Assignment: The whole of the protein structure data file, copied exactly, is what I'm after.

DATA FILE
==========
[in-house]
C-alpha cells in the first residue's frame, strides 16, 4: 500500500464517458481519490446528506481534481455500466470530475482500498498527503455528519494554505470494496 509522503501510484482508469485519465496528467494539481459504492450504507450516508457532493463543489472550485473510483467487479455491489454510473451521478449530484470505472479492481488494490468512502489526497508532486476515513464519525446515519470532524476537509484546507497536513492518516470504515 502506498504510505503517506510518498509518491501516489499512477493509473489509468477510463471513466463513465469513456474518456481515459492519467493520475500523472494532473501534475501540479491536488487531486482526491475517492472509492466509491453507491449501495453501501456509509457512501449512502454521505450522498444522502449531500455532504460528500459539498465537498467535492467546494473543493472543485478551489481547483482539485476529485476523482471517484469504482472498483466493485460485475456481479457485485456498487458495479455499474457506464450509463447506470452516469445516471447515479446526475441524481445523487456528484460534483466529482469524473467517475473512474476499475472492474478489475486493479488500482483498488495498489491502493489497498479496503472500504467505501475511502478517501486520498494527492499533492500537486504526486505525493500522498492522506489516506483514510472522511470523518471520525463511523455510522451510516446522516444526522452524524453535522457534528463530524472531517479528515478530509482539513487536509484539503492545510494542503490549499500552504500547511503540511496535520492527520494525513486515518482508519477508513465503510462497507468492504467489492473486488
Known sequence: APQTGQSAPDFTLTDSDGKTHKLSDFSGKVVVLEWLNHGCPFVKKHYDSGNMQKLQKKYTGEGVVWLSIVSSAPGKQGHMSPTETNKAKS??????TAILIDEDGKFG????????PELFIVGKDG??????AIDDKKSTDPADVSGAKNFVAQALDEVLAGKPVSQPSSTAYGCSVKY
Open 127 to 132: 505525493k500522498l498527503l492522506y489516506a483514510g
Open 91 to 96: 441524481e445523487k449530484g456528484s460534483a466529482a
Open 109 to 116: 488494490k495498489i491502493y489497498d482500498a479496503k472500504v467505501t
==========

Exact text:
[in-house]
C-alpha cells in the first residue's frame, strides 16, 4: 500500500464517458481519490446528506481534481455500466470530475482500498498527503455528519494554505470494496 509522503501510484482508469485519465496528467494539481459504492450504507450516508457532493463543489472550485473510483467487479455491489454510473451521478449530484470505472479492481488494490468512502489526497508532486476515513464519525446515519470532524476537509484546507497536513492518516470504515 502506498504510505503517506510518498509518491501516489499512477493509473489509468477510463471513466463513465469513456474518456481515459492519467493520475500523472494532473501534475501540479491536488487531486482526491475517492472509492466509491453507491449501495453501501456509509457512501449512502454521505450522498444522502449531500455532504460528500459539498465537498467535492467546494473543493472543485478551489481547483482539485476529485476523482471517484469504482472498483466493485460485475456481479457485485456498487458495479455499474457506464450509463447506470452516469445516471447515479446526475441524481445523487456528484460534483466529482469524473467517475473512474476499475472492474478489475486493479488500482483498488495498489491502493489497498479496503472500504467505501475511502478517501486520498494527492499533492500537486504526486505525493500522498492522506489516506483514510472522511470523518471520525463511523455510522451510516446522516444526522452524524453535522457534528463530524472531517479528515478530509482539513487536509484539503492545510494542503490549499500552504500547511503540511496535520492527520494525513486515518482508519477508513465503510462497507468492504467489492473486488
Known sequence: APQTGQSAPDFTLTDSDGKTHKLSDFSGKVVVLEWLNHGCPFVKKHYDSGNMQKLQKKYTGEGVVWLSIVSSAPGKQGHMSPTETNKAKS??????TAILIDEDGKFG????????PELFIVGKDG??????AIDDKKSTDPADVSGAKNFVAQALDEVLAGKPVSQPSSTAYGCSVKY
Open 127 to 132: 505525493k500522498l498527503l492522506y489516506a483514510g
Open 91 to 96: 441524481e445523487k449530484g456528484s460534483a466529482a
Open 109 to 116: 488494490k495498489i491502493y489497498d482500498a479496503k472500504v467505501t